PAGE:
Challenges Facing Adventist Higher Education

Speaker: Categories: Nov 10, 2007

 

[1hr, 12min, 38sec / 41min, 20sec]

ABOUT THE TOPIC:

It's likely that readers will have already completed their college education - or found good reasons to abstain from such. Many, if not most, would have experienced such (or avoided such) in an institution operated by the SDA church. In all likelihood the challenges facing those educational institutions then were most commonly financial - either to the denomination or to the college student. But new challenges, to be identified by Dr. Osborn on November 10, encompass a far larger realm. One might ask whether the issues he cites are unique to the West Coast or portends of problems confronting Adventist (and other private colleges) nationwide. And what about our ever-growing church family in third-world countries? To what extent do they share the same kinds of concerns regarding OUR colleges and universities? SDAF's November speaker puts forth eleven premises which need addressing as follows:

1. Seventh-day Adventist colleges are as important for the church to fulfill its mission today as at any point in our history.

2. The demographic, financial, enrollment, and philosophical challenges facing Seventh-day Adventist colleges will increase at an accelerating pace over the next decade. These four major challenges will be centered on the increasing difficulty of putting financial packages together for students to attend Adventist colleges.

3. Some Adventist colleges are better positioned to survive these challenges than others.

4. We are not immune to similar challenges being experienced by most small Christian colleges and higher education in general in North America.

5. No"quick fix"solutions to these challenges are available but will require patient collaborative solutions centered in our belief that these institutions were established under God's direction with an important purpose for the church and broader society. In our history, Adventist colleges have dealt with even more serious challenges with success.

6. Because local conferences and unions are already giving a very high percentage of their budgets for Adventist education, we cannot expect dramatic increases in financial support, especially when other essential ministries of the church also need support. As centrally important as Christian education is for the church, the church'sprimarymission isnotto support its institutional educational system.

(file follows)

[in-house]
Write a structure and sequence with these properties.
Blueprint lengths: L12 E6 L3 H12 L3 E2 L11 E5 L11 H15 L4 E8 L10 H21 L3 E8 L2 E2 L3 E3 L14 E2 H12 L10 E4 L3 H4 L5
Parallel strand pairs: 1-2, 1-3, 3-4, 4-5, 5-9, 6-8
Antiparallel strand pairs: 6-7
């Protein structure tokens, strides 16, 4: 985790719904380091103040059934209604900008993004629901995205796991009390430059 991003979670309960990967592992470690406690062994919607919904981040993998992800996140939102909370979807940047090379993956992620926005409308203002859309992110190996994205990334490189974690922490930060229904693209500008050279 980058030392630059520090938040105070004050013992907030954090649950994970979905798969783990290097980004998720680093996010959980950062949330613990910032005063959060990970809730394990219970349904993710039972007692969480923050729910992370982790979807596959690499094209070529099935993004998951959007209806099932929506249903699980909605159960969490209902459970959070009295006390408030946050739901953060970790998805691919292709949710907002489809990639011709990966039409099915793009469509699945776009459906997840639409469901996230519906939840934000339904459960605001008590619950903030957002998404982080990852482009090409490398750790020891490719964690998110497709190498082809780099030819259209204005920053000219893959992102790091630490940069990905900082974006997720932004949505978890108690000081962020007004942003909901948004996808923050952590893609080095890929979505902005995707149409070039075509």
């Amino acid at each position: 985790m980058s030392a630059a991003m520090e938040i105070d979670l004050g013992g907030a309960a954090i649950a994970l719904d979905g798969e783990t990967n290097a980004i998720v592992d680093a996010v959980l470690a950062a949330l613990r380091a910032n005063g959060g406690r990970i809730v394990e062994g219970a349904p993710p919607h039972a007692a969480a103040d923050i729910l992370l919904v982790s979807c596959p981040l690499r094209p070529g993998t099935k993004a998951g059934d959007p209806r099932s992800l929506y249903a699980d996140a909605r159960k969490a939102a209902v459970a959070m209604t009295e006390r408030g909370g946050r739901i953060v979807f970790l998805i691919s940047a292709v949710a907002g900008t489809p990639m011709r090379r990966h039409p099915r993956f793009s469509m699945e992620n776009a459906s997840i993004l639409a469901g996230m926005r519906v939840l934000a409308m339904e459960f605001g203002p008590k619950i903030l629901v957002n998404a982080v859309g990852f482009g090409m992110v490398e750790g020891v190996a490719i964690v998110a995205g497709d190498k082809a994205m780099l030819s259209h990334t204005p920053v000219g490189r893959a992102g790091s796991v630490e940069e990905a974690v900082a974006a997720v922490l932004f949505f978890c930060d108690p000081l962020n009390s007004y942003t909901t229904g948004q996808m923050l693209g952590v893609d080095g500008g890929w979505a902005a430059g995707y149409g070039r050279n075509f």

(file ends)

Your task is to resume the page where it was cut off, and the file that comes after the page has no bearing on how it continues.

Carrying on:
7. A new generation of young people will require different solutions to these challenges than those used in the past.

8. A major crisis in North America or the international world could have a devastating impact on Adventist higher education in North America.

9. Increasing expectations and requirements from local and federal governments may require greater attention and resources with special emphases on transparency, accountability, assessment, affordability, cost, curriculum, and accessibility.

10. Adventist higher education can only be strengthened to the extent that local congregational life and enrollment in K-12 Adventist schools can be revitalized. We must find a way for energizing church members, especially young adults, to become more joyfully committed to the mission and life of the Seventh-day Adventist Church, through regular participation in the church's activities, Sabbath School, worship services, evangelism, service, and financial contributions.

11. Wecanfind solutions."Each of these premises,"assures Dr. Richard Osborn,"represents challenge and hope. Some wonder how much longer the church can support fifteen colleges and universities located within North America. What solutions can be found to enable Adventist colleges to remain a viable possibility for a rapidly changing demographic base for North American Adventism? Do our colleges cost more than our young people [and their parents] can afford? What lessons can be learned from other colleges? Are there new models for Adventist education we should be considering?"Do the stated premises and the questions posed above pique your curiosity and interest - even though neither you nor your immediate offspring may be considering a college education or beyond in the near future? Would any of the premises or questions above have been relevant when college-days were yours?

ABOUT THE SPEAKER:

Richard Osborn, who is beginning his seventh year as President of Pacific Union College in the Napa Valley, California, draws on his background as a current President, as founding President of the Association of Adventist Colleges and Universities, and former Vice-President for Education for the North American Division in highlighting the challenges facing Adventist higher education in North America. In January, 2008, he will also begin a two-year term as Chair of the Association of Independent California Colleges& Universities, a consortium of the 77 independent colleges in California ranging in size from Stanford and USC to smaller colleges such as PUC.

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